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Rhetorical Questions

“How are you?”.
Probably the most insincere question of all questions.
How often do we ask this without actually having the time for  the other to properly answer it?

I have, too often.
Let’s take my mum.
She is the kind of person who wouldn’t just say “Everything is fine”.
If you make the “mistake” to ask her how she is, she will take the opportunity to answer, trust me.
And really, once a while, this is completely fine.
I love how now I can speak to her as a grown up – woman to woman.
It feels great to not only ask for help anymore, but also supply with advice which I have learned within my adult life.

However, since life is busy, I hardly ever have the time, or rather the patience, to listen to her extended stories.

In the Netherlands it’s not very common that the waiter or cashier would ask you this question, but I have noticed within English speaking countries it does happen a lot.
Is it a culture thing?
Does it happen out of politeness?

Sometimes I wish I could answer ” No, I’m not good and this has been a really rough year”.
Probably tears and angry statements would follow.
Would they be polite enough to listen to my ramblings?
I don’t think their boss would approve.

“How are you?”  is a rhetorical questions.
Everyone knows the answer.
We are basically obliged to say “I’m good”.

But is that really possible living in a society like ours?
A society which is turning us into robots.
Not by machines, but by shutting down our emotions.

I think we should be more careful with asking the “How are you?” question.
And if you do want to, make sure you have the time and the patience to listen to the answer 🙂

19 thoughts on “Rhetorical Questions

  1. I have a bad habit….

    When they ask me how I am doing, I say, “I’m alive.”

    Usually they answer something like – “that’s better than the alternative”.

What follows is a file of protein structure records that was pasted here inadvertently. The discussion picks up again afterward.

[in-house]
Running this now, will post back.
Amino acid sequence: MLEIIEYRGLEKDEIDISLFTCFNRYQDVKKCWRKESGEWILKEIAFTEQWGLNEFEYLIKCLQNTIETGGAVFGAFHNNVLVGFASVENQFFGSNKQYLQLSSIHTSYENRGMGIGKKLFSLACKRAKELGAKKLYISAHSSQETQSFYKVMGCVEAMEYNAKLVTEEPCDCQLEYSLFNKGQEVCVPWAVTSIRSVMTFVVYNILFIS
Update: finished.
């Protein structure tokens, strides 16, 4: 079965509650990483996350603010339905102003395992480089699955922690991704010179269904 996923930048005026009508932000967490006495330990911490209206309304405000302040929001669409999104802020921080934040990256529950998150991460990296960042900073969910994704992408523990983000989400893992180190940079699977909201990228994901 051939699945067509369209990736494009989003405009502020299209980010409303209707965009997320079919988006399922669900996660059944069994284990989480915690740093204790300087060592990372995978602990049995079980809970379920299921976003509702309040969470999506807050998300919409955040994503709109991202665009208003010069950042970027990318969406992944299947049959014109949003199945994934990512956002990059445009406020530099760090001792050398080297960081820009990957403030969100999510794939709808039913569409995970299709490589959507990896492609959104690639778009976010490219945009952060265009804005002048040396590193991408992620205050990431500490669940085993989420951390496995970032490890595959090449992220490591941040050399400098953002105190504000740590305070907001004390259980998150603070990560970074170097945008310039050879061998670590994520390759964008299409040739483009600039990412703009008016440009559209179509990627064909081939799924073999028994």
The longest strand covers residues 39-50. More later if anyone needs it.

I respond, “no, I don’t think so…..” which sends them into shock….

    Then they see my clerical collar – the shirt pastors sometimes where that confuses people because we look like catholic priests; and they get the idea. 😉

    Liked by 2 people

    1. I am not entirely sure how the lutharans difference from the catholics. Expect for the purgatory, correct?

      I was raised as a catholic.
      So I always assumed I would end up in purgatory as my actions have not always been “good or correct”. But honestly, that place scares me the most 😰

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      1. I don’t know if it’s a USA thing or not but it can be irritating. Most people just say fine because they don’t want to get into a lengthy conversation. And it’s considered polite here (in Texas) to always say “Hi. How are ya?”

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  2. Great post.

    Depending on how northern england i am feeling my answer tends to be ‘grand as owt’ or ‘ champion’ . This really confuses southerners.

    On bad days my stock answer is ‘still here’, which seems to cover all the bases.

    I asked a colleague this question once, early in the morning in the kitchen at work and she burst into tears and told me I was the first person she had seen since getting a breast cancer diagnosis the day before. All I could do was hold her. But we then swapped mobile numbers and stayed in touch throughout her treatment and are now firm friends. She is back at work and has the all clear.
    Another colleague did the same for me when my wife had a similar diagnosis, melanoma this time. I am very lucky to work in a place where we look after each other. If someone asks that question there we know they are asking because they care and want to hear the answer.
    But I do not see the point of it in coffee shops etc. The person behind the counter might be great but doesn’t really want an honest answer.

    Like

    1. Oh wow. It’s amazing to hear that a simple question like that lead to a friendship! I hope she is ok now and your wive too!

      I hope to have colleagues like that one day again. This year I bursted into tears because of both my grandparents passing away in one week and then my friend was diagnosed with cancer.
      In all the meetings after with my manager, he told “well, at least you didn’t cry this time”.
      Thinking back at this, makes me angry. And I am so so happy that I have left those terrible people.

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  3. Hi Andrea, how are you doing? 😛

    Rhetoric question aside, I could actually relate with this post. But I suppose pretty much like in the Netherland, it’s not common for people to ask this question in Indonesia too.

    Here, it’s even worse because people tend to ask things that are rather none of their business. Things like “what are you doing?” or “where are you going?” are pretty common to ask by strangers. So maybe it IS a culture thing. 😉

    Like

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